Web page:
On view through May 24, 2020
Cameron Art Museum
Wilmington, North Carolina
One of the visionaries of 20th-century American modernism, Isamu Noguchi (1904-1988) developed a uniquely open-ended, and forward-looking perspective on global culture. Working with a deep sense of social purpose across a wide range of disciplines, Noguchi was a connoisseur of ingenuity. He regarded craft and technology (representing the past and the future) as two sides of the same coin and natural allies in sculpting our world for the better.
This exhibition provides insight into his genius and artistic exploration of form and material over his sixty year career. From bronze, granite, and aluminum to his paper and bamboo “Akari” light sculptures, Noguchi pushed the boundaries of what sculpture is and how it is integrated into daily life. Noguchi was interested in blurring the boundaries of art and design, as evident in “Akari,” “For me, function was only an initial consideration; my main purpose has always been art as it relates to life. I work with the gamut of possibilities. Inherent in “Akari” are lightness and fragility. They seem to offer a magical unfolding away from the material world.”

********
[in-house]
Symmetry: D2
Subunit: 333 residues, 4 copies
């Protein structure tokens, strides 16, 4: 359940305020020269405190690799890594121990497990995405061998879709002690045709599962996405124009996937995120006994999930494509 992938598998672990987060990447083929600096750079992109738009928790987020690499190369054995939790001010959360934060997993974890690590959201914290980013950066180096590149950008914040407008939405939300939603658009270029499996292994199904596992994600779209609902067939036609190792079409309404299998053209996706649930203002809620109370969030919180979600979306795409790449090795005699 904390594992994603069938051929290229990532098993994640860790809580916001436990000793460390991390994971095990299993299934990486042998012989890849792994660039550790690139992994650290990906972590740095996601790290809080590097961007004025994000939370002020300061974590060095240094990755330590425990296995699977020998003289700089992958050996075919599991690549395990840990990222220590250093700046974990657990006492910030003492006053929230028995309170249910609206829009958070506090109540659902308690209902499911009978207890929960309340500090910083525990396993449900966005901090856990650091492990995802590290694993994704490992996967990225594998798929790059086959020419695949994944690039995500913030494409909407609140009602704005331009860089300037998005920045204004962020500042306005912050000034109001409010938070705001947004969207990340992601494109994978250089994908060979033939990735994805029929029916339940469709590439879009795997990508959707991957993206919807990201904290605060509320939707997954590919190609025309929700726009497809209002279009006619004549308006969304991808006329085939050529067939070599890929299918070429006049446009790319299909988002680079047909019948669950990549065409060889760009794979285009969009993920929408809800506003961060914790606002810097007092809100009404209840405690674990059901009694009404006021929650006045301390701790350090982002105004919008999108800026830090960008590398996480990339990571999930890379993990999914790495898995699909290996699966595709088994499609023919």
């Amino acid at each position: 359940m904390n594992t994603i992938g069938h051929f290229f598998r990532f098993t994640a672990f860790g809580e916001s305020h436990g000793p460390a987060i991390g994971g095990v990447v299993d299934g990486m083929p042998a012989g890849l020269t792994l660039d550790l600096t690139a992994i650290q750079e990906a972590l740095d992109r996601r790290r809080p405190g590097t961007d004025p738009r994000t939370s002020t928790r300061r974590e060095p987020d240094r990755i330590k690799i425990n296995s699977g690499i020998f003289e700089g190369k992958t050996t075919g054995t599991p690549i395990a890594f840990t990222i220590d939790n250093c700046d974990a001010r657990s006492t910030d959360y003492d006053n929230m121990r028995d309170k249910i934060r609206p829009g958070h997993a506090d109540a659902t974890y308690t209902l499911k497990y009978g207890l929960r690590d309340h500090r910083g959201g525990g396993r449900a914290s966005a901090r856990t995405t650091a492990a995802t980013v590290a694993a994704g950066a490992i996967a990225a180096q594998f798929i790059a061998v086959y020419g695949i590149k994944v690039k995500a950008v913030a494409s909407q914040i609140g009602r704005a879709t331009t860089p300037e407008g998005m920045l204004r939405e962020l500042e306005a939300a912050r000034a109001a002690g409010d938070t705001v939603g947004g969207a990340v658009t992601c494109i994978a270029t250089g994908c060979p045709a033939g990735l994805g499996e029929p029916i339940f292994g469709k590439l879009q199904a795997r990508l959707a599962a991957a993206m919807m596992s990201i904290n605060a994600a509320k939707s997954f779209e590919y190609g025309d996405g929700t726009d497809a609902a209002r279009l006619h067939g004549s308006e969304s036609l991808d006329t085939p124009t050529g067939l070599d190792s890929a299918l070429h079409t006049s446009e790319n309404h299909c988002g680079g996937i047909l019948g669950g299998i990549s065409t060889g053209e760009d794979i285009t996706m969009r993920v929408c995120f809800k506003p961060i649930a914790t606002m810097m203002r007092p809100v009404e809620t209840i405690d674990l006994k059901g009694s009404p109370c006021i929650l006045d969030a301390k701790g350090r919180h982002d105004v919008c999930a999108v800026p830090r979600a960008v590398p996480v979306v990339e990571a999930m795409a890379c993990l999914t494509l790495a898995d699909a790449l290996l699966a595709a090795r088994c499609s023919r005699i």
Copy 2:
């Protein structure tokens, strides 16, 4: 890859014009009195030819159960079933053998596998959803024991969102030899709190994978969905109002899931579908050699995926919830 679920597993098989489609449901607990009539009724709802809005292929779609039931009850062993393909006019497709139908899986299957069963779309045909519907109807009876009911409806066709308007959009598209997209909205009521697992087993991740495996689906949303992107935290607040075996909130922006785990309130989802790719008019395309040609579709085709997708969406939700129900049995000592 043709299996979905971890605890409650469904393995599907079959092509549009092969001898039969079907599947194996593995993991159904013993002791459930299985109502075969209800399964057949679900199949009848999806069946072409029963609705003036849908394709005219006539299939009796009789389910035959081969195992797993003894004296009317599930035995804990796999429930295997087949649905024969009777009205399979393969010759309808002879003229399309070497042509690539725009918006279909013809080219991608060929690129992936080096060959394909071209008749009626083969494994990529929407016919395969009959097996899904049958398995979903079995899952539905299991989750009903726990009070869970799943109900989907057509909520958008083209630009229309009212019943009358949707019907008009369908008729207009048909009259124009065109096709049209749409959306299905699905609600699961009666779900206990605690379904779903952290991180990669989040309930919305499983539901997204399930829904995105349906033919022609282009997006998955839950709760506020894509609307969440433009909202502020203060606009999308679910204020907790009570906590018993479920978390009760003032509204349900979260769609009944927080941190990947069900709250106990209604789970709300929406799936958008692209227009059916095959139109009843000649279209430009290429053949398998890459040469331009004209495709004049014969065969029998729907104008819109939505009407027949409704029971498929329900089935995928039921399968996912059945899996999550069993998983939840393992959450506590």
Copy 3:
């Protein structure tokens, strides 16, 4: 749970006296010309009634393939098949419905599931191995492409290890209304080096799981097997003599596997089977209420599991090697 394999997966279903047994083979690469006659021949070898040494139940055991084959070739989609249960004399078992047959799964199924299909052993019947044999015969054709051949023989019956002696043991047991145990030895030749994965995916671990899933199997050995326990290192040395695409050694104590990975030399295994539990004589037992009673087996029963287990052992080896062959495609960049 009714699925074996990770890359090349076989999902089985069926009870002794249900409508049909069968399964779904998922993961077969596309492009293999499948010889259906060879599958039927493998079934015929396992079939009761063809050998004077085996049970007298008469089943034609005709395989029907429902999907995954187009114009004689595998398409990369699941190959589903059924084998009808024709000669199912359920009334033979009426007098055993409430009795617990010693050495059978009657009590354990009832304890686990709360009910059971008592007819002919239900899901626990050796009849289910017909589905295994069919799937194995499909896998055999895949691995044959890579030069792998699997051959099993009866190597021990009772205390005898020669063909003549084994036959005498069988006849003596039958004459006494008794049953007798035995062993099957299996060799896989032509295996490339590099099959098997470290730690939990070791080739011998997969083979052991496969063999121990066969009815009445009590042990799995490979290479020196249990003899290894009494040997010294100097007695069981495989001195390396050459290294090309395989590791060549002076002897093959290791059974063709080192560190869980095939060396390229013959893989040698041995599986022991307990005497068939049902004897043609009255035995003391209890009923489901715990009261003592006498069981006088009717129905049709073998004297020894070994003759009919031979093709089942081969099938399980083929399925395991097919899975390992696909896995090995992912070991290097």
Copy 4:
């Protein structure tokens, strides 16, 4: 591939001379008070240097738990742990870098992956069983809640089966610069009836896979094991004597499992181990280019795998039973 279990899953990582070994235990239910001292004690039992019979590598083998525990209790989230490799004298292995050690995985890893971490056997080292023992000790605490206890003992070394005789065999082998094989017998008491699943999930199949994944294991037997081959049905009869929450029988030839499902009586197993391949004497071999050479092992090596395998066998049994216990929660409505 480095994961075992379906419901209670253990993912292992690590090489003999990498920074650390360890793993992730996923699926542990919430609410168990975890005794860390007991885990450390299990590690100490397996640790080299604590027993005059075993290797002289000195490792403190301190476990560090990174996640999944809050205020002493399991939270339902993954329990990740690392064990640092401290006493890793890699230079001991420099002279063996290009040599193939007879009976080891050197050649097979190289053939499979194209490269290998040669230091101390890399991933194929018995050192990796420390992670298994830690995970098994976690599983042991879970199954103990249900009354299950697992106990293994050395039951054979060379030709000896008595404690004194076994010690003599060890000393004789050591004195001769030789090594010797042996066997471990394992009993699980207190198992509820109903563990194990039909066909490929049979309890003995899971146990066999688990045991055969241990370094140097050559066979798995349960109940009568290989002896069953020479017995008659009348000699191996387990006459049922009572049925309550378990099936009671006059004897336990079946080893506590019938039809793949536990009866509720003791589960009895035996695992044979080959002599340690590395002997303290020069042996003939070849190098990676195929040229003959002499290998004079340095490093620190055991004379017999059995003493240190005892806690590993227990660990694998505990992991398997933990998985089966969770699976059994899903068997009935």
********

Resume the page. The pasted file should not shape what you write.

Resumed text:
Noguchi spent his entire life living and working in the boundary layers between: between disciplines, between cultures, between technical traditions and techniques. Believing that “To be hybrid anticipates the future,” Isamu Noguchi was a one-person embodiment of the power of diversity.
This exhibition has been organized by Cameron Art Museum in collaboration with The Isamu Noguchi Foundation and Garden Museum, New York.
Sponsored in part by Japan Foundation, New York
Image Credit: Portrait of Isamu Noguchi in Long Island City Studio, 1966. Photo by Jack Mitchell. © The Isamu Noguchi Foundation and Garden Museum / Artists Rights Society (ARS)